Key Biologics teams with CRBS as cell-based therapeutics drive demand for blood products

By Melissa Fassbender

- Last updated on GMT

(Image: Getty/Moussa81)
(Image: Getty/Moussa81)

Related tags cell and gene therapy Blood Research and development biospecimen

Key Biologics and Cascade Regional Blood Services’ multi-year agreement will provide researchers with the critical raw material needed for developing cell- and gene-based therapies.

Edward Scott, MD, chief medical officer, Key Biologics (Key), told us the company has provided research- and clinical-grade human cells and blood products to the industry from its Memphis site for years, but needed to expand its reach to include other metropolitan areas.

Cascade Regional Blood Services (CRBS) is a not-for-profit independent blood center serving Western Washington. CRBS also is a member of Blood Centers of America (BCA), which Key in September 2018 entered into an agreement with to leverage each organization’s resources.

Scott said the company’s location in the Seattle/Tacoma area will provide a larger metropolitan area for recruiting donors and provides “enhanced opportunities for shipment of collected products into Asia and Australia.”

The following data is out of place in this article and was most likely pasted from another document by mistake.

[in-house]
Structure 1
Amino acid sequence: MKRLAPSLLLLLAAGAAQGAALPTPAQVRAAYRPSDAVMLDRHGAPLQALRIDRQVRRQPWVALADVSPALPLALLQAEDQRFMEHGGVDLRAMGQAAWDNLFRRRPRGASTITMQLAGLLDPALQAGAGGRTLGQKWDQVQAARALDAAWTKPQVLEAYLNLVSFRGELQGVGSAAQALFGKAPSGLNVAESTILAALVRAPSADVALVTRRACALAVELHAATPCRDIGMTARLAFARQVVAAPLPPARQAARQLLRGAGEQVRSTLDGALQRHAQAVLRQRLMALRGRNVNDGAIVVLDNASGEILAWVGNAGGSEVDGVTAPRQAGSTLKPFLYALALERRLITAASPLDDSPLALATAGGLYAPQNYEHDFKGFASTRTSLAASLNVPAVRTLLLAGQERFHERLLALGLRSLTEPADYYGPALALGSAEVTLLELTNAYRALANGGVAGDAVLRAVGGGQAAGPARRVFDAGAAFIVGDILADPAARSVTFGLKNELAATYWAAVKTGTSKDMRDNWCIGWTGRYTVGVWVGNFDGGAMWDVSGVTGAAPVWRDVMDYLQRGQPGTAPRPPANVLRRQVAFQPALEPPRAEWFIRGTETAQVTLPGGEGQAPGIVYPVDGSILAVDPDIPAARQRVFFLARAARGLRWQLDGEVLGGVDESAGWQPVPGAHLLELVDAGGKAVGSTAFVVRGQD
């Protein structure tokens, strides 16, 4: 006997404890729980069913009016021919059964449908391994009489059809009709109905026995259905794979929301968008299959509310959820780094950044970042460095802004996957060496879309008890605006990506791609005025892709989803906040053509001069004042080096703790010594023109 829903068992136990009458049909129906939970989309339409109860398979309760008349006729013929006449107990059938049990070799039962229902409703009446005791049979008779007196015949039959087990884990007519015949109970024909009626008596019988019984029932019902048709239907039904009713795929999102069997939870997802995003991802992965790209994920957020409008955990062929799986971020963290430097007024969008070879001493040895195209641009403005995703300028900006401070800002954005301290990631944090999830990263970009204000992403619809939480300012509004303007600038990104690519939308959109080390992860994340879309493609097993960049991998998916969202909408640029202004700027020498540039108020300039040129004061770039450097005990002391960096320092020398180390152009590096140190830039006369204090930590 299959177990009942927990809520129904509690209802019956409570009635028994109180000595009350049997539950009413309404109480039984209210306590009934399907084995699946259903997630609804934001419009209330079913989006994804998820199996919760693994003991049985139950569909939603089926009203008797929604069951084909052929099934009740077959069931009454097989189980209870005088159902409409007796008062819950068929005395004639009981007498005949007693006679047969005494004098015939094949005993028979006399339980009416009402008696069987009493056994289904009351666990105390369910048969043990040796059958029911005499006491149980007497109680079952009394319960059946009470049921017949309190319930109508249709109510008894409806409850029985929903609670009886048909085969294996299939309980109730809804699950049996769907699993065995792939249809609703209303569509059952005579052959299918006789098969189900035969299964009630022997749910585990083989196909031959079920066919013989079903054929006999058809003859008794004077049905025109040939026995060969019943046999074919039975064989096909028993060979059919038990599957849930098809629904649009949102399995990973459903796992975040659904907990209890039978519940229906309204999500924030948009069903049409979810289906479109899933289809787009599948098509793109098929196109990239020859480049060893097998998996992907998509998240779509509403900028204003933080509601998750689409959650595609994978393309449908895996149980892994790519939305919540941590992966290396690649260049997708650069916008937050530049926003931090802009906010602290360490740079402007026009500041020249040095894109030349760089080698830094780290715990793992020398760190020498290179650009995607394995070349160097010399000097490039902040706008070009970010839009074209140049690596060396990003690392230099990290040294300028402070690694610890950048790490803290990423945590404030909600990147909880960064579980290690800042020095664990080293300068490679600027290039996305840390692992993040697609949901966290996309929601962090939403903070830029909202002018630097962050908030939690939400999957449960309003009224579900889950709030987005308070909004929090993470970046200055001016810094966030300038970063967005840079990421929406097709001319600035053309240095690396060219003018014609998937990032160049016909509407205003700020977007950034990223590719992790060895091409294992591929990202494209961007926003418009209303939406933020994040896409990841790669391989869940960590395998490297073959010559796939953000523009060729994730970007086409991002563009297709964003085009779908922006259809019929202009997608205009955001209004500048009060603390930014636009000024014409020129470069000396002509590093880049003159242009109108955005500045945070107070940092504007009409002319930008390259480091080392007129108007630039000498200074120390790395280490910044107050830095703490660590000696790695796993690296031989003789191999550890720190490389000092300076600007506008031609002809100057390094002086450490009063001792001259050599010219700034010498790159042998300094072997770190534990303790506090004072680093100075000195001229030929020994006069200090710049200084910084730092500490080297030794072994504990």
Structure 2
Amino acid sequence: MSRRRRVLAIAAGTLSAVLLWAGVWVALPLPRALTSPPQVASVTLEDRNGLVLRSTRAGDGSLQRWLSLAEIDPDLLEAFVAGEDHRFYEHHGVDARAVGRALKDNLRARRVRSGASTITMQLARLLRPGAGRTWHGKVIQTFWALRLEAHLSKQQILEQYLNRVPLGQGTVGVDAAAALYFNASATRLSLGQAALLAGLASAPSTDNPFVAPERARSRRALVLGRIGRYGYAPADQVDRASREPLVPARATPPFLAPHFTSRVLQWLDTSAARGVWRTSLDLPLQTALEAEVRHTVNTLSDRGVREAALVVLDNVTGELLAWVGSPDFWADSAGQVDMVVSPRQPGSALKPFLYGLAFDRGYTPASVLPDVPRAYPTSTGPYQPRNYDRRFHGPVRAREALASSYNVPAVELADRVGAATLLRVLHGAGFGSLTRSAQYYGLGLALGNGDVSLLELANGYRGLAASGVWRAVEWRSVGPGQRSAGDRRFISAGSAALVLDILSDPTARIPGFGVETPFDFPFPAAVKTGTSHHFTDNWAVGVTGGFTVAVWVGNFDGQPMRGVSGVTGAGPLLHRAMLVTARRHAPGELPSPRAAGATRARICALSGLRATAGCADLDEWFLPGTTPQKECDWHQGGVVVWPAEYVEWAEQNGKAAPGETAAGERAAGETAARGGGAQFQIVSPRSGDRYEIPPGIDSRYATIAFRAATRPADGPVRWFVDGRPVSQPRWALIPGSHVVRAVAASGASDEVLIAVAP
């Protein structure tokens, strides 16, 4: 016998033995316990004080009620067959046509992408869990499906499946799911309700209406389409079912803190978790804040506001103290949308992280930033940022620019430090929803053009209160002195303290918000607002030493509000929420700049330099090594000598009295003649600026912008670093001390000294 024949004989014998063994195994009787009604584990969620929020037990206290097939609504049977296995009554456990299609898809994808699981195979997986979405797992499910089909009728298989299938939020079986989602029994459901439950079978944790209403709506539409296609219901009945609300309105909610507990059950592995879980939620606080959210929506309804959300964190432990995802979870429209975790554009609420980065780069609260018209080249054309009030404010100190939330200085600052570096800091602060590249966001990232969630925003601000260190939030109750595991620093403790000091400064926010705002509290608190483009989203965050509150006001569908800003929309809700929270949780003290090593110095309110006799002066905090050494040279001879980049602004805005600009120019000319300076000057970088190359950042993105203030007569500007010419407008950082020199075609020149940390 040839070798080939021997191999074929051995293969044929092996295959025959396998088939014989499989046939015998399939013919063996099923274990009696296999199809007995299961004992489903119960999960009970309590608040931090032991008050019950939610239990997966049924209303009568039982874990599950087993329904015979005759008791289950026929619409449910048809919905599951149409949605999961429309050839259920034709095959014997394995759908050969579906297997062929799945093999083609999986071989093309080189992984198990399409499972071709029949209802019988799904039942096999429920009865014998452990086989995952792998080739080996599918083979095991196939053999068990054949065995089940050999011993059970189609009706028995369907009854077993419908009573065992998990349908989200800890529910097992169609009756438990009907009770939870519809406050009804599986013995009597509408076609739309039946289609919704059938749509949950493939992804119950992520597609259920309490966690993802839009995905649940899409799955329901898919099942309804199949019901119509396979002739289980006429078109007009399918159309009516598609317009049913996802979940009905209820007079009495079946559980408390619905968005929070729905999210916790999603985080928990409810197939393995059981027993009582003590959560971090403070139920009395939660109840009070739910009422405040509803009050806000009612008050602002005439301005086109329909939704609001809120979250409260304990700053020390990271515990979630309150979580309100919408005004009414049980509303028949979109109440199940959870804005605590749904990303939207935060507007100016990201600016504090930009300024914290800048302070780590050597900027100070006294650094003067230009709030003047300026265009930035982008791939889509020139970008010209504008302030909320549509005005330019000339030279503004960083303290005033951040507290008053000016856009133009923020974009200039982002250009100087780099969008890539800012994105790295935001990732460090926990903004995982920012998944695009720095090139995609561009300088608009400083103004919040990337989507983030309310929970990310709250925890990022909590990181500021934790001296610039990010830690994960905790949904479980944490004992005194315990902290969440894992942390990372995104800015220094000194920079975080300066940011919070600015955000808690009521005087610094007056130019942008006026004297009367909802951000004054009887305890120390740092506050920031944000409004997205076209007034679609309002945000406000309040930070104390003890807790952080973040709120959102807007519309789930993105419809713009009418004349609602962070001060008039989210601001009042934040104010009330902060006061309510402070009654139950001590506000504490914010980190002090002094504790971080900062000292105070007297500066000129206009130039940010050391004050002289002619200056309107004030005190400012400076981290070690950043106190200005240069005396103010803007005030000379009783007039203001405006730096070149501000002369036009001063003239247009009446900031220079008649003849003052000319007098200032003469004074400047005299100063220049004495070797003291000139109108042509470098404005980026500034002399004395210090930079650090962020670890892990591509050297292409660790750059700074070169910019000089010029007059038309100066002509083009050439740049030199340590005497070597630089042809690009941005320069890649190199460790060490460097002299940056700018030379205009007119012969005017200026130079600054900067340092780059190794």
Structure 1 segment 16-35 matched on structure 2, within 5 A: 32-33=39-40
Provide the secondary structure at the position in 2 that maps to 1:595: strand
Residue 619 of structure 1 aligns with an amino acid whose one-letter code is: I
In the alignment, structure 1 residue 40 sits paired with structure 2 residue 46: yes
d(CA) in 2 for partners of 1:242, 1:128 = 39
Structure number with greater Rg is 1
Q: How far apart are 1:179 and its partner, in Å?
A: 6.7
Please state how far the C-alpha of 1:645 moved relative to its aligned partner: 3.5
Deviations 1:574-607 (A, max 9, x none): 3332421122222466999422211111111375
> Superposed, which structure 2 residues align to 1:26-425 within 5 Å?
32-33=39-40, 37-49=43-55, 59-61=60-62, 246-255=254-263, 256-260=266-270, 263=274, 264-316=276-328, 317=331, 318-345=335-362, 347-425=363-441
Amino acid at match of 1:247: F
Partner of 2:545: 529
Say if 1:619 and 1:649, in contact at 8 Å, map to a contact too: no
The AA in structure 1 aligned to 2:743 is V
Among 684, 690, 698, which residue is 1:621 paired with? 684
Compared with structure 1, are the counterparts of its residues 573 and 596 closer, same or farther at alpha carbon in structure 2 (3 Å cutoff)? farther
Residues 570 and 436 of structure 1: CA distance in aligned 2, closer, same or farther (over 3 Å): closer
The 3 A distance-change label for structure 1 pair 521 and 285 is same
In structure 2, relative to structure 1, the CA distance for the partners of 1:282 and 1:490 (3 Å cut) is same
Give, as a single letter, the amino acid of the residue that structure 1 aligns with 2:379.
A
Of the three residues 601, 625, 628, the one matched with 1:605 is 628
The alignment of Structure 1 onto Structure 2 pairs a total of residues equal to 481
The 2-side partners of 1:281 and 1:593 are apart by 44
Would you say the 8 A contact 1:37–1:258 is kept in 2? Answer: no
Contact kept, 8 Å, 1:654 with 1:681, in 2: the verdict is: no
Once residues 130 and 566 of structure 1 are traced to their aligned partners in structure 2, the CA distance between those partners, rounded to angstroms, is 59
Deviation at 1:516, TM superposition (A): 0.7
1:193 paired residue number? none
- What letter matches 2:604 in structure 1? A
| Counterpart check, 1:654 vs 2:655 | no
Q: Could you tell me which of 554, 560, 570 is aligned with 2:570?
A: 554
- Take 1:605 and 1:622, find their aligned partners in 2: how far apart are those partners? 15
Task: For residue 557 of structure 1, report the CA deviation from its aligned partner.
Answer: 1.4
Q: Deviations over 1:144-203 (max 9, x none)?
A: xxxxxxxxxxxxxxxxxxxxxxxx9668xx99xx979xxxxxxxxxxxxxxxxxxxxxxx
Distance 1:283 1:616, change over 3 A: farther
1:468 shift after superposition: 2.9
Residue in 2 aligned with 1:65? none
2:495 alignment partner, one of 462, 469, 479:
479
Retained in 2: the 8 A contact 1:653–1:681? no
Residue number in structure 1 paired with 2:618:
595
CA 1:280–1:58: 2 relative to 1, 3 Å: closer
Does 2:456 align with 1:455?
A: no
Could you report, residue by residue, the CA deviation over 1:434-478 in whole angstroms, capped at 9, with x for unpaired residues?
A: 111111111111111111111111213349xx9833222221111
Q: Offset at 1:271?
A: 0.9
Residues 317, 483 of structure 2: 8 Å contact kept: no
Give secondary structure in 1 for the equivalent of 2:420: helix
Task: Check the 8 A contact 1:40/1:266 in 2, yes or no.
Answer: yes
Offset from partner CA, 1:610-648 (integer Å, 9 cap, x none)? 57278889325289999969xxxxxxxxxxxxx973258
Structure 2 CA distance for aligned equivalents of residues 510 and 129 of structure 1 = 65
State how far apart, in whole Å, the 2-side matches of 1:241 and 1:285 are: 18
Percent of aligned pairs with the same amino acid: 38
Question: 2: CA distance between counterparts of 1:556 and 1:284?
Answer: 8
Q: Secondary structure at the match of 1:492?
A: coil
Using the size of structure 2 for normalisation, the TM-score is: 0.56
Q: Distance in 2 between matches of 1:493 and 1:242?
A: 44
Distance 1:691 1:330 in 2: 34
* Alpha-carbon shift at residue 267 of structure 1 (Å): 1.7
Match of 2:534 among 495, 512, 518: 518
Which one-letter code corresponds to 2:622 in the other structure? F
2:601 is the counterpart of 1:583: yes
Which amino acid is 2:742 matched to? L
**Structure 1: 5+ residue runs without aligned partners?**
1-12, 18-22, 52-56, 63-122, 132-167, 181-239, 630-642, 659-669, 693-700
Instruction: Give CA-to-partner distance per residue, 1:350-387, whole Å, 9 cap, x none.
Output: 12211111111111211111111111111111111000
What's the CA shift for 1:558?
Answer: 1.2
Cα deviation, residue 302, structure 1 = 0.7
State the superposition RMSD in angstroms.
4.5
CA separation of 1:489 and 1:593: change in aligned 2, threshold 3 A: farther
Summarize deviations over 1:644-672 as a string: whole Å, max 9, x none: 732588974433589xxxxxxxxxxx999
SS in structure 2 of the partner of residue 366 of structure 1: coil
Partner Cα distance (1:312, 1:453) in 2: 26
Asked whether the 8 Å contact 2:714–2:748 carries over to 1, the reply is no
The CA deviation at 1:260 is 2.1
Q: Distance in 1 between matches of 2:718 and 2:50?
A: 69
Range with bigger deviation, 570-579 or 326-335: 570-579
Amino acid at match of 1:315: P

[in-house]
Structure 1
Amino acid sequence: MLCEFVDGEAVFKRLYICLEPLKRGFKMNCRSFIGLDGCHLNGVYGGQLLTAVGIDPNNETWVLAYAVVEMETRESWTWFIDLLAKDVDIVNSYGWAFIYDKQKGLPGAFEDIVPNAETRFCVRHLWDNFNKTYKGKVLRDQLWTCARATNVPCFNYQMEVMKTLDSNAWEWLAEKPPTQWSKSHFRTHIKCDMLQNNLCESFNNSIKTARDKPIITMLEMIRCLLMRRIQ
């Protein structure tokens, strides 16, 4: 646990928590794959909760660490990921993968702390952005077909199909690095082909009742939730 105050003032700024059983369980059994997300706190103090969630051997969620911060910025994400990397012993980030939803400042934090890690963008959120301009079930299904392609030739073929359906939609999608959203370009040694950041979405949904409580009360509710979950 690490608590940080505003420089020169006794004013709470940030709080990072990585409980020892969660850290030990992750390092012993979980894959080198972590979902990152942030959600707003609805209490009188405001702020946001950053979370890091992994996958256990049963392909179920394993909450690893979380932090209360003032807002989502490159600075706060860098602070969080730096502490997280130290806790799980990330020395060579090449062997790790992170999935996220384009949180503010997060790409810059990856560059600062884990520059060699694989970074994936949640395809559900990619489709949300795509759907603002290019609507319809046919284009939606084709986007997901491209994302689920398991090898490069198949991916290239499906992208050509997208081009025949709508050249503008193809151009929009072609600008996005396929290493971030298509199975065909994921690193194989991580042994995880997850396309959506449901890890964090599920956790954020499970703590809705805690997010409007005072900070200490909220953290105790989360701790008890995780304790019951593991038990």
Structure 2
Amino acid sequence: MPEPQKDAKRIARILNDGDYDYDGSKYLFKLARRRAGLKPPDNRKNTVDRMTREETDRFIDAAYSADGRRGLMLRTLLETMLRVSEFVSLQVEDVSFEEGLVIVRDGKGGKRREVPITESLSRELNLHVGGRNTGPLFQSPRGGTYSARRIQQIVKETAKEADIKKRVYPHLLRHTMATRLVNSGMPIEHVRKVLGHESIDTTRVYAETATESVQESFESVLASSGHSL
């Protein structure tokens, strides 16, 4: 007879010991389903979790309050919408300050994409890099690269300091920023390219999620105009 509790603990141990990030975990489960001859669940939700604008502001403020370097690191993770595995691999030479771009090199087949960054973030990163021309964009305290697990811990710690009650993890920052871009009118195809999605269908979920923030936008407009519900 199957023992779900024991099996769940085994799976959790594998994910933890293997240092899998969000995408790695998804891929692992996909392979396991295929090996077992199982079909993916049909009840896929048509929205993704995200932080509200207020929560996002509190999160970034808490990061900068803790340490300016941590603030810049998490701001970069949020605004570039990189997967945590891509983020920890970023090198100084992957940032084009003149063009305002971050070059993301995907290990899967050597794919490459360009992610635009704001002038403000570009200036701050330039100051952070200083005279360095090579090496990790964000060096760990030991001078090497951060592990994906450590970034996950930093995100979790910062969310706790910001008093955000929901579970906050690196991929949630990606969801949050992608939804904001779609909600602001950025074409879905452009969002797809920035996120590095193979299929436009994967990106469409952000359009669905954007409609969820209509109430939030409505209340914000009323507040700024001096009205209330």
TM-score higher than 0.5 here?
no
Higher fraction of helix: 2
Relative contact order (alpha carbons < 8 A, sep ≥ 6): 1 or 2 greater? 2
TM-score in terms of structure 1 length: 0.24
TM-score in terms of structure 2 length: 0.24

“Timely deliver of products to those areas from Memphis is very problematic,”​ he said – though a location in Tacoma will allow faster and less expensive delivery options for customers on the West Coast.

The partnership will focus on collecting mononuclear cells (MNCs) by leukapheresis and includes joint donor recruitment, product distribution, and marketing, Scott explained.

“With this partnering opportunity, CRBS can offer their base of volunteer donors new ways to help support medical care and research,”​ he added. “Customers benefit by having access to an increased supply of raw materials and the ability to collect products from a larger and more diverse base of donors.”

The demand for human blood cells

The recent success of cell-based therapeutics in the clinic and on the market is driving demand for the critical raw materials needed for development.

“It is now clear that allogeneic and autologous cellular therapies can offer new therapies for diseases for which there are currently no effective alternatives,”​ said Scott.

Increased academic research in these areas also has driven a steady increase in the transfer of intellectual property (IP) to early-stage companies, he added, and these companies need access to cells.

“We expect that the demand for human blood cells as raw material will only continue to increase,”​ Scott said. “Key and CRBS have taken an early position in this growing field of science.”

Additionally, Key in August 2018 merged with Astarte Biologic – which also has a long-standing relationship with CRBS – adding complementary immunology expertise and expanded capabilities. 

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